Wijith DeChickera watches as the inhabitants of a small pond in a strategic geolocation struggle to stay afloat in eddies of insular making

Since time immemorial, humankind’s symbol for March has been two fish swimming head to tail in pursuit of the same goals; but somehow, being tied together, suggesting that the cohabitants are striving for mutually exclusive ends.

Such is the state of the nation since our independence, following 425 years of colonialism, celebrated last month in a show that cost state coffers Rs. 200 million.

It divided the 22.4 million inhabitants of our tiny backwater over the ceremony’s significance – meaningless or otherwise.

One group held that some pomp and circumstance was necessary to send a strong signal about our ‘sovereignty’ – even from the bottom of a barrel where we are now, bankrupt in more ways than one and with a begging bowl held out to the mercy of passersby with vested interests.

Some even considered the piddling cost of the tamasha including a militarised parade, downplayed with respect to the customary flypast featuring redundant warplanes, incomparable to the larger – arguably less justifiable – price tag of 10 billion rupees for local government (LG) elections.

So what price paltry state funds for essential medicines for the elderly especially or the costly milk of human compassion for 5.7 million islanders including malnourished children shivering before food insecurity?

The LG poll is a bone of contention too, being tugged at both ends by a polity that can’t quite make up its mind whether this is a budgeted for, constitutionally mandated exercise of the electorate’s right to vote for their local councillors; or an example of regional politics whereby influential neighbouring powers twist a small sister nation’s arm into ‘honouring its international commitments’ (i.e. ‘do as we tell you, please; or else…’). Hmm, lines of credit?

There is perhaps even a third option: the international community would wish to see Sri Lanka follow through on the implementation of its 13th Amend­ment to the Constitution – devolution of power to the maximal extent within a unitary state, which President Ranil Wickremesinghe’s government has committed to – without alienating the web of stake-holders in crossing this minefield.

It is a case of ‘the first two options above’ as we haven’t quite managed to outmanoeuvre regional imperialism and modern-day neocolonialism.

Which takes us beyond the pale of the Indian Ocean into the South China Sea where chronic sabre rattling military exercises underpin a shadowy war spanning political, econo­mic, existential, sociocultural – and now, virtual – dimensions.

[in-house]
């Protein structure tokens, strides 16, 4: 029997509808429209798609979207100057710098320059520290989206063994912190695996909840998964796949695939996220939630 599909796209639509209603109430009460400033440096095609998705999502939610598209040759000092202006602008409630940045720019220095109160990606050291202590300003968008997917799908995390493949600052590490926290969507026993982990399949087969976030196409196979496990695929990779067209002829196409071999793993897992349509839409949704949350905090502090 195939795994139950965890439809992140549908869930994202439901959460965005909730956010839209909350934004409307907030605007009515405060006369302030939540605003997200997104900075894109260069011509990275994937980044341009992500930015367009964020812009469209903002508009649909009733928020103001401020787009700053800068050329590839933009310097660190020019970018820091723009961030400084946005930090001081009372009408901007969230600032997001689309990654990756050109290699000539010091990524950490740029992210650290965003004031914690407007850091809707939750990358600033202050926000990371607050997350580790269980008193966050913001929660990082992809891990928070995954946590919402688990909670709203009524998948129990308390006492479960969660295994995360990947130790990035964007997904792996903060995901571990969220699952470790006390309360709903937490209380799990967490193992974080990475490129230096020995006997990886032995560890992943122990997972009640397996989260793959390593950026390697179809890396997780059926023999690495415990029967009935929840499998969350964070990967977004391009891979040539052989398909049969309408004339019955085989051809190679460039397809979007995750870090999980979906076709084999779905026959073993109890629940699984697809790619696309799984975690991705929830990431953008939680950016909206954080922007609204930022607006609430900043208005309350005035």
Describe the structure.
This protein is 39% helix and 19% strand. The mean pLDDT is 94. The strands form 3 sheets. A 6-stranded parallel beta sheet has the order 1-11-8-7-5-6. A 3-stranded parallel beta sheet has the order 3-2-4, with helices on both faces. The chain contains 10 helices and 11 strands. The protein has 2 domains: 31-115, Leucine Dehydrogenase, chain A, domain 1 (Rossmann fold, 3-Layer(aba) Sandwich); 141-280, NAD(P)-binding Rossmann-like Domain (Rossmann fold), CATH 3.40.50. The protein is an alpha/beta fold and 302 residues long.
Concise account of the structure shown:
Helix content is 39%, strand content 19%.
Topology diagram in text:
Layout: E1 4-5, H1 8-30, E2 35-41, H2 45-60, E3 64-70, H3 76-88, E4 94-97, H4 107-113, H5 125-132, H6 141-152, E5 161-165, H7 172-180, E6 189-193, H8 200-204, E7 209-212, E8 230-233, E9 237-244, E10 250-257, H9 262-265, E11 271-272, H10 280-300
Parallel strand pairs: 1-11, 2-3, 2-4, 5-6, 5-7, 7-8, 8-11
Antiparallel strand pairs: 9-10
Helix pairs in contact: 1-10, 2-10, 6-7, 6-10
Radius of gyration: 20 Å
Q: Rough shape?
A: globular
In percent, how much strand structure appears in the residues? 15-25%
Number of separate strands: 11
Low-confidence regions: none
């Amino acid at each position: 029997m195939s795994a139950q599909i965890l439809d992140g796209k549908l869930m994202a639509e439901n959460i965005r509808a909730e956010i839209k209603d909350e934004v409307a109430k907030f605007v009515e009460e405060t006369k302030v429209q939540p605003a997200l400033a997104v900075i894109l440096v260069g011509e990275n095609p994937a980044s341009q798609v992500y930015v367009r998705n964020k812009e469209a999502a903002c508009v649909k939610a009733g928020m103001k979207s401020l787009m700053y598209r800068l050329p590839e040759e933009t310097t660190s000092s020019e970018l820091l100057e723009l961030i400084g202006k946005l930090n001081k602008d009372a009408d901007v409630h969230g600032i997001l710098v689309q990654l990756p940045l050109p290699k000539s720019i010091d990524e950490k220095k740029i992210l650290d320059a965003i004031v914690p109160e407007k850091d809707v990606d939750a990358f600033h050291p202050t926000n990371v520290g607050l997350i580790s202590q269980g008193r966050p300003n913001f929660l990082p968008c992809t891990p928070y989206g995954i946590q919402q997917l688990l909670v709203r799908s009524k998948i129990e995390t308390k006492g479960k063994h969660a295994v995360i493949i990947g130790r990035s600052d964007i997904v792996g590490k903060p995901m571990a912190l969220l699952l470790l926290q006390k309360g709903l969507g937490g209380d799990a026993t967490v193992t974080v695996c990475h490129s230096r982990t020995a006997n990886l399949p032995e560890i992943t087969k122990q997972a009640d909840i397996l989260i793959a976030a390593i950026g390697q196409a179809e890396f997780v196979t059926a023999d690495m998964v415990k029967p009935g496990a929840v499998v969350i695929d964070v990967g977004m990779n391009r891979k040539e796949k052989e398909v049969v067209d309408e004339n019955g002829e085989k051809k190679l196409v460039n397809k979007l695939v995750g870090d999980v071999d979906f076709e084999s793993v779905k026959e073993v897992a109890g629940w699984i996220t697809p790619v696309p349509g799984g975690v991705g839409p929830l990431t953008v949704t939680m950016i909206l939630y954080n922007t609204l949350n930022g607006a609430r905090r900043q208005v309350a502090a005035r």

It has been fashionable for Sri Lankan apologists of Western-style democracy to indulge in customary China bashing whereby the Hambantota and Port City imbroglios are said to exemplify the infamous debt trap policy of a People’s Republic hell-bent on expand­ing its Belt and Road Initiative (BRI)…

Or offering soft loans initially, which balloon into harder bargains as time goes by and cash-strapped nations struggle to repay.

But this contention was recently belied by the Export-Import (Exim) Bank of China offering our hamstrung island nation a lifeline in the form of a two-year moratorium on loan repayments – estimated at between US$ 3.6 billion and 7.4 billion dollars and comprising a seemingly manageable yet much debated 15-20 percent of Sri Lanka’s external debt.

The contention is between those who say this is negligible, given that the bulk (some 47%) of loan repayments redounds to market borrowings plus sundry smaller multi and bilateral debt components, and others who maintain that the historically disastrous Sino-segment of Sri Lanka’s external debt places it at the mercy of a cynical lender who takes hard infrastructure in lieu of repayment for dues unpayable.

It is however, another instance in which naysayers riposte by observing this merely showcases China’s desire to play the great game – geopolitics – in the face of avowed support for Sri Lanka from the Paris Club et al of international donors as well as India, who continue to offer moral and fiscal support for a stricken economy ahead of a putative IMF bailout to the tune of US$ 2.9 billion. Staff, where is thy board-level approval already?

There too, this largesse of Western nations and power blocs in the rich men’s club of global economics, international finance and world politics sees Sri Lankan minnows swimming in circles over the meaning of moratoria offered.

Is it gracious goodwill, greedy opportunism or generous dollops of both… topped with the crème of enlightened self-interest whereby none want our tropical paradise to flounder and founder?

At home in our small pond, other contentious issues carry us into swirling eddies of our own Age of Pisces wherein some in society seek safety nets while others advocate widening the tax net.

Is the Advanced Personal Income Tax (APIT) Sri Lanka’s bane or boon? Is the National People’s Power (NPP) the island’s past terror redux or future salvation incarnate? Is the outcome of the poll foreshadowing parliamentary and presidential election results to follow – or will some dark horse pull a rabbit out of a hat?

Time will tell.

Time however, is what we’re all running out of.